Tuesday, April 13, 2021

Redbuds and memories

It's Tuesday and I am participating in the
Thank you, Two Writing Teachers, for nurturing teacher-writers!

This past Friday, April 9th, was a spectacular spring day to be outside. Tony and I worked together in the yard, trying to eradicate those endless weeds and spotlight the spring flowers. I had a writer's notebook at the ready, trying to capture "live action" words for writing haiku, which was that day's poetry prompt with Dr. Sarah Donovan's Ethical ELA #VerseLove, where I am writing poetry every day in April.

We worked quietly, slowly, trowels in hand, moving the dirt, tossing the weeds, enjoying the day. We were already aware of the date and then noticed our redbud in peak bloom, always a beautiful sight. Both of us immediately got a little misty-eyed, and began to talk about its meaning. 

You see, we planted it to commemorate Tony's father, who died April 9, 1995. Twenty-six years ago. Wow. 

How can this time be, at once, both so long ago and yet so current, so right there, at the ready?
Are you finding yourself so much more raw and accessible, big emotions right there on your sleeve, during this time of pandemic? I find myself thinking back, reflecting frequently, on those I've loved who have died. 

Is it simply because I'm getting older? 
Is it spending sweet time with my granddaughters, seeing 'the passage of time'? 
Is it the loss of my father, earlier this year, after losing my mother two years ago, and this realization that I'm the older generation now?
Is it being retired, spending more time writing and reflecting?
Perhaps all of these play a role, but I think it mostly has to do with this time of grief we are all living through. This world in grief.
Without a doubt, I am so much more aware of the brevity of life. 

Tony and I, we remembered how, when we received word that Papaw had died, we immediately packed up the kids and the car and drove the long drive south from Maryland to Atlanta to be with family, to be in mourning. All along the long, long drive, spring flowers were blooming, and what was especially beautiful were these gorgeous purple blossoms that seemed to burst through the greenery of the trees - redbud trees. All along the way, purple, purple, purple.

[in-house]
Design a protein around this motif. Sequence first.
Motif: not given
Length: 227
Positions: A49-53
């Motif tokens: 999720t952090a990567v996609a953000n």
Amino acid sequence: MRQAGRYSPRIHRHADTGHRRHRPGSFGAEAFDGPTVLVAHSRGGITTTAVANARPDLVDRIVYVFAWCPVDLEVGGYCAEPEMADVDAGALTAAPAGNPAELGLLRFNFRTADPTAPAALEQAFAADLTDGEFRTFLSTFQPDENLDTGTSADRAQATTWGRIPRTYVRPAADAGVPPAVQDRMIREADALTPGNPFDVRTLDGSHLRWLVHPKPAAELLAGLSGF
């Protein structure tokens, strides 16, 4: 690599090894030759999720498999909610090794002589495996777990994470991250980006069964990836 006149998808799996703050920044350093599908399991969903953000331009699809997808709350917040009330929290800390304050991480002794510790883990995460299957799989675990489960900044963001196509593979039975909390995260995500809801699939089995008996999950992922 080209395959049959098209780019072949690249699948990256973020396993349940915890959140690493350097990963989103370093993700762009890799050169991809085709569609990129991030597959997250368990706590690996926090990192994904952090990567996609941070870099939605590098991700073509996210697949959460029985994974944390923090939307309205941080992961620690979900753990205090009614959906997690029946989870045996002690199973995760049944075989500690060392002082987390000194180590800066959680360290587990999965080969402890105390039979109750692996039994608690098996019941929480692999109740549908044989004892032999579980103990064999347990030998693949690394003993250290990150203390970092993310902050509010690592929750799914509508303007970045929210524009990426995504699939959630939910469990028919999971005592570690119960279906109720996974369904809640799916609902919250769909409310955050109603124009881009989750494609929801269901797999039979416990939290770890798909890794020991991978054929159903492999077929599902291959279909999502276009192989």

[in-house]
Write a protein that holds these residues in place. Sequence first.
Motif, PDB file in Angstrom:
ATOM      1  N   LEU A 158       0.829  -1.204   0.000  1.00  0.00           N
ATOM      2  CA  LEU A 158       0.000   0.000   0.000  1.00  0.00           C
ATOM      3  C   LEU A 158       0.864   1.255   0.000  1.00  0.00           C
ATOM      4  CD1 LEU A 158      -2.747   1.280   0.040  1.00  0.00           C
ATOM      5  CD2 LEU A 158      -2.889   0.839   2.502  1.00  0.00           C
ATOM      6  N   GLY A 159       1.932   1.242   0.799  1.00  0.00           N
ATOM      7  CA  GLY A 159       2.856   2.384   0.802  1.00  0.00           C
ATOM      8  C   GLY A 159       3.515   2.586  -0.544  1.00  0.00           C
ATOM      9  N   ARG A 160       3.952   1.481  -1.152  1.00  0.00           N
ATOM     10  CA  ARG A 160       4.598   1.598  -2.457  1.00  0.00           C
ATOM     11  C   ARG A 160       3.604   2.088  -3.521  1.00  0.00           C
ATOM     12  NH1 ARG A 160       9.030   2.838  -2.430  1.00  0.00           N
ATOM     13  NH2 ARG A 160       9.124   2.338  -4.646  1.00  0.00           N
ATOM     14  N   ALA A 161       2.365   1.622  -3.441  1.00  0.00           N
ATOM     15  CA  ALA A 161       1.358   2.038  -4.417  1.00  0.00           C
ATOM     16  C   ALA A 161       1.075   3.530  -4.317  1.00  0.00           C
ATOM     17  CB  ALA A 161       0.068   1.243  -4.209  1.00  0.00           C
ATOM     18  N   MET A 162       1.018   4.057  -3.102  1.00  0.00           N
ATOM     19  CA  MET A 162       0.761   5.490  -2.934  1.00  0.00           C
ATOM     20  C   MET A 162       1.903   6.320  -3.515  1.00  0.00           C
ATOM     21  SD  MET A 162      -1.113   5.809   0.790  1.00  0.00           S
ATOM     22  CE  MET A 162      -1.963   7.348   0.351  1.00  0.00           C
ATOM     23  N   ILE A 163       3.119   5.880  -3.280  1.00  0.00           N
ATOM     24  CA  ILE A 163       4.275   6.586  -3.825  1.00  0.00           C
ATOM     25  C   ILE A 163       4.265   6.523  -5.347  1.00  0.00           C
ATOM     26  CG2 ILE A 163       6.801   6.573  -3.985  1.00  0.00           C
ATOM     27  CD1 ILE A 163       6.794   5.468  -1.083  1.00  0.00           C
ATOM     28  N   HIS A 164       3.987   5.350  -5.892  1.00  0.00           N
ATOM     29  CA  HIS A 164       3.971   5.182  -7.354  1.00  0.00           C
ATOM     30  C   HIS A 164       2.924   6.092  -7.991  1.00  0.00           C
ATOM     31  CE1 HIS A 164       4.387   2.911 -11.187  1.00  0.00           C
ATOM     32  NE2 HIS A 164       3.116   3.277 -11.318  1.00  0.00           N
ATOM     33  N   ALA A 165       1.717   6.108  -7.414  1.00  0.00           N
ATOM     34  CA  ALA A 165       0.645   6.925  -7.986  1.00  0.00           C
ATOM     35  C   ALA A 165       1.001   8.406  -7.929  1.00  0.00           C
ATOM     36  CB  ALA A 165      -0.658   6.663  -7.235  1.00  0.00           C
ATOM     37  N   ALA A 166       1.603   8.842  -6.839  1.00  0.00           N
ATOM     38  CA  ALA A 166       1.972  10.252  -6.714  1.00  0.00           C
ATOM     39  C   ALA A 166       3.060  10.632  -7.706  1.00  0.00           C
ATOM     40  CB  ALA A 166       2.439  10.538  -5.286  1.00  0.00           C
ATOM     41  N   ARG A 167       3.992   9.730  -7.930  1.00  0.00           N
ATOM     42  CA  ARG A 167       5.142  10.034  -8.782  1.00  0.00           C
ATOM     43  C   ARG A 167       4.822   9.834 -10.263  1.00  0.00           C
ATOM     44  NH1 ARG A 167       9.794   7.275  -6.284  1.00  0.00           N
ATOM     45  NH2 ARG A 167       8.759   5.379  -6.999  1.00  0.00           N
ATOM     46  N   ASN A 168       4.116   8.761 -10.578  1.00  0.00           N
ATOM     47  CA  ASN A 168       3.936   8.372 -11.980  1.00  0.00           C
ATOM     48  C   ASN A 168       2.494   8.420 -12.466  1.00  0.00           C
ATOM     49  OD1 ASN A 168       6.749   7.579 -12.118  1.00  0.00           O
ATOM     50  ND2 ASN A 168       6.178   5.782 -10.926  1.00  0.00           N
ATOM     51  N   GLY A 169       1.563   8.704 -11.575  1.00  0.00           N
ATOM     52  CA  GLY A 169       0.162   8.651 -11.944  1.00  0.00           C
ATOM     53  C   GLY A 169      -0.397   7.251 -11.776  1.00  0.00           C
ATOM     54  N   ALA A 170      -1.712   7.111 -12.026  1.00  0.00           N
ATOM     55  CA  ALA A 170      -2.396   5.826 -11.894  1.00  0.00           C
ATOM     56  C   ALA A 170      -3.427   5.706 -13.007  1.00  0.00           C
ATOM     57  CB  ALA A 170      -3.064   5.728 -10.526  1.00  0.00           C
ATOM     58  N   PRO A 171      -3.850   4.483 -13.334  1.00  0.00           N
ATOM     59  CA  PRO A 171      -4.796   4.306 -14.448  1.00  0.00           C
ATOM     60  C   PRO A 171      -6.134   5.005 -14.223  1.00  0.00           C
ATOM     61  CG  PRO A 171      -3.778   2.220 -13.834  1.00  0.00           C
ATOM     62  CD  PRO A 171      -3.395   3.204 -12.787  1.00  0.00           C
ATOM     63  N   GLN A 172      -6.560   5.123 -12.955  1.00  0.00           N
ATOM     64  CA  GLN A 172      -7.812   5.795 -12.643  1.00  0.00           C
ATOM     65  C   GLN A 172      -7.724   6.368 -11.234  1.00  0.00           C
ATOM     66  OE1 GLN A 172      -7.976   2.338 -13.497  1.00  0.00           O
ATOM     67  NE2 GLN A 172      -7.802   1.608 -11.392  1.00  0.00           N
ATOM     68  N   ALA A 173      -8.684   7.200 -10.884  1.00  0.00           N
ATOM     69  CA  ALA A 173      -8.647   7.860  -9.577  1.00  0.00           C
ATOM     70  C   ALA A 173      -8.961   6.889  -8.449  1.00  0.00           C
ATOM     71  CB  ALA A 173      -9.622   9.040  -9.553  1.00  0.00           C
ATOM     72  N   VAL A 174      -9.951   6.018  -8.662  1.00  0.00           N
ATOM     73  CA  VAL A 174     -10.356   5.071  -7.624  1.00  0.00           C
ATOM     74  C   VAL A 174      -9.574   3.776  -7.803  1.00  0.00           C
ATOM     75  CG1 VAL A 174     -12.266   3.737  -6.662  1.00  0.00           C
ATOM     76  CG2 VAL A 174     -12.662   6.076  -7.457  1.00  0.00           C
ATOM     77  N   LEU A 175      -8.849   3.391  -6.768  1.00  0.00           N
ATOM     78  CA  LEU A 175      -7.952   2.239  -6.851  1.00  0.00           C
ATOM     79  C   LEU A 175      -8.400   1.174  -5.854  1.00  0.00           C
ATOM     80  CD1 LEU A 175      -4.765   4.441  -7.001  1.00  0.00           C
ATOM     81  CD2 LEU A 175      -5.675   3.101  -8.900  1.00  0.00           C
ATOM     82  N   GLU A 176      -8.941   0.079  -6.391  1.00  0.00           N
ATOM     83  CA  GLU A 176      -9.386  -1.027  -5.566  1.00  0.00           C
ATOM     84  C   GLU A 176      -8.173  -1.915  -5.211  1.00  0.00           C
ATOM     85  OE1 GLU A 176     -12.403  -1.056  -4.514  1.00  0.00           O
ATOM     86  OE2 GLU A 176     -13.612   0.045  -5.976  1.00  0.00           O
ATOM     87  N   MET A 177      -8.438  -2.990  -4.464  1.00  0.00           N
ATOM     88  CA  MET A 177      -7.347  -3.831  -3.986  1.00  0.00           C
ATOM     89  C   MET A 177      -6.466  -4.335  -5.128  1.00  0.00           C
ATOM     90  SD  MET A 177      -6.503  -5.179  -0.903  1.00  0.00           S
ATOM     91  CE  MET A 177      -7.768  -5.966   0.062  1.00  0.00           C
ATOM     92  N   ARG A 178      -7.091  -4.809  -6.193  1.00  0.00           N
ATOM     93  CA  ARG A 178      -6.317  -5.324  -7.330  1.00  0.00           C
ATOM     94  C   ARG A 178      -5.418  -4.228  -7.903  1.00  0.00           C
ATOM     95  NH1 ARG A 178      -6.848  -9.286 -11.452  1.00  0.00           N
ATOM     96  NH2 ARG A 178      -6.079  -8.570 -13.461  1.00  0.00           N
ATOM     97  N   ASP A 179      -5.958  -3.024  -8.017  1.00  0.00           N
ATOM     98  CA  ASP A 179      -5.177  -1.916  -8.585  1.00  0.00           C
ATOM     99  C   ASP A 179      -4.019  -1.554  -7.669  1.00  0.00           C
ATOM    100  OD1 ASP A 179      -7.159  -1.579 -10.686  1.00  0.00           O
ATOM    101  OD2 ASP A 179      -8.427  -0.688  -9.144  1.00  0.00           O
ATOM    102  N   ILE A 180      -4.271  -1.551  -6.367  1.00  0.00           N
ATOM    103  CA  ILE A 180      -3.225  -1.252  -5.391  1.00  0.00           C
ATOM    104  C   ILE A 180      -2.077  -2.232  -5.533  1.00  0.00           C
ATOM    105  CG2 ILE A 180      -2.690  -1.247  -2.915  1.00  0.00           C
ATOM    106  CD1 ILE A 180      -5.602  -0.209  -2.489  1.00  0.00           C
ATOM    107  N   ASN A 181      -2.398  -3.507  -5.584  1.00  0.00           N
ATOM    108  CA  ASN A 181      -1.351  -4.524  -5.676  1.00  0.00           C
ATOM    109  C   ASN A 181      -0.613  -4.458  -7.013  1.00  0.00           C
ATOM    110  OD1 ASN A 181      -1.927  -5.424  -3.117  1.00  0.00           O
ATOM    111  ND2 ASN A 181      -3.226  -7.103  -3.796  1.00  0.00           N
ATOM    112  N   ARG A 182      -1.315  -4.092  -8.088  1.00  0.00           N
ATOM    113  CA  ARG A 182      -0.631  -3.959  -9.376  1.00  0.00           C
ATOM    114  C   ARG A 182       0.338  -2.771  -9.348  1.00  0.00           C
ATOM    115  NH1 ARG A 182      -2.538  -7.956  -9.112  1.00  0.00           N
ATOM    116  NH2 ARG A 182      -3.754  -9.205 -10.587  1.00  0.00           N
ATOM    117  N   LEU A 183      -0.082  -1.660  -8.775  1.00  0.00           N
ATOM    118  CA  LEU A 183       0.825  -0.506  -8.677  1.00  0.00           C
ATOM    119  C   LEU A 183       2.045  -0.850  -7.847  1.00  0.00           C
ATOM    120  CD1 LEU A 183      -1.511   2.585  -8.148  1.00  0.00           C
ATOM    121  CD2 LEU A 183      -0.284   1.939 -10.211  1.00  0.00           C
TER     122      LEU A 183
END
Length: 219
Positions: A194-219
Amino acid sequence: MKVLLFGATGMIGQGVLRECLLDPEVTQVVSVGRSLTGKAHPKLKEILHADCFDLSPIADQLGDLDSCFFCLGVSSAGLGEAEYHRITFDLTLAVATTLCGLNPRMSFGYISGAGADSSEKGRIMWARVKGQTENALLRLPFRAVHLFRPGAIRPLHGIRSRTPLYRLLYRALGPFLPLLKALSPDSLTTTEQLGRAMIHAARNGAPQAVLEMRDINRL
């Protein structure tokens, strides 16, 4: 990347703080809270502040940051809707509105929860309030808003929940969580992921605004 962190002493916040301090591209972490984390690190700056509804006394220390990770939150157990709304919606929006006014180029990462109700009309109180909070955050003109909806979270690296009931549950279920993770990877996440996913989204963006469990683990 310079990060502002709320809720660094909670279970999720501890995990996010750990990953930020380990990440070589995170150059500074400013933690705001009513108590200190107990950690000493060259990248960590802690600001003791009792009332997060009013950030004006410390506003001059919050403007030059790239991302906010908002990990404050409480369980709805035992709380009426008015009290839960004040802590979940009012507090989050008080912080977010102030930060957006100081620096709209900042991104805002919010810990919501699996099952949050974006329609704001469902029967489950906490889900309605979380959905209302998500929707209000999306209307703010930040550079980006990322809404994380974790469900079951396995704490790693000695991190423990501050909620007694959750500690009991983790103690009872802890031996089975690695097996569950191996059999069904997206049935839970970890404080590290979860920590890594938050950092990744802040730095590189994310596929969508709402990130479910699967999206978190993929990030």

My father-in-law died at age 87, a couple months before our youngest son was born. He was a truly good and kind soul and it's always made me sad that I only knew him for maybe seven-eight years, that I had not had more time with him. We lost three of Tony's family in 1995; in addition to his father, who died of cancer, he lost two older brothers, one to a heart attack and one to cancer. It was a brutal year for us, in our young marriage, grieving all this loss. 

Lots has happened in those twenty-six years. Our youngest child is an adult now, and he never even got to meet this grandfather. His whole memory of Papaw and his uncles is through our family stories, memories shared. Even our older sons were short-changed in their time with these loved ones, being only 6 and 3 years of age. 

I do believe we have done a pretty good job of sharing memories with them, through the years. 

But that is the way life works, yes? We live and we die. If we are lucky, we get to love and be loved. Yes, for me, this awareness of the tenderness, the fleetingness, the fragility of life is felt more profoundly during this time of pandemic, with so many abbreviated lives all around. 

Let me close with some haikus about these redbud reflections - Tony and I actually wrote the fifth one together, which was very sweet.

day in the garden
turning over the soil
memories flowing

we planted a redbud
to bloom each year at this time
in your memory

when the redbud blooms 
we remember when you died
and sent us kisses 

flashes of purple
amongst the bright greenery
throughout the mountains

flowering redbuds
reassurances from you
all the long drive south


  1. What a lovely slice. I felt like we were sitting down to coffee and you shared this with me. I love how your remember your father in law in this special way. It touched my heart.

    1. Thank you, Jill! Wouldn't it be lovely to sit down to coffee together? My goodness, I haven't been in a coffee shop in so long.

  2. I was moved by your words and found myself nodding my head over and over. I lost my father in 1995, too, so the connections were poignant. Thank you for the tenderness and the lovely haiku poems.

    1. Thank you! It is really strange that 1995 can feel so recent, isn't it?

  3. Maureen, what a beautiful, heartfelt post. I am always so blessed by your words, and today I'm weeping together with you about the loss of so much during this pandemic and before. You have really expressed so clearly about how the pandemic is exacerbating some of these feelings for me. Thank you. Your haikus are beautiful. I missed them on Saturday, so I'm so glad you shared them here, along with the story surrounding them.

  4. A very touching post. So special to have celebrated & honored Papaw's life digging in a garden and writing a haiku with his son. Love was planted all day long.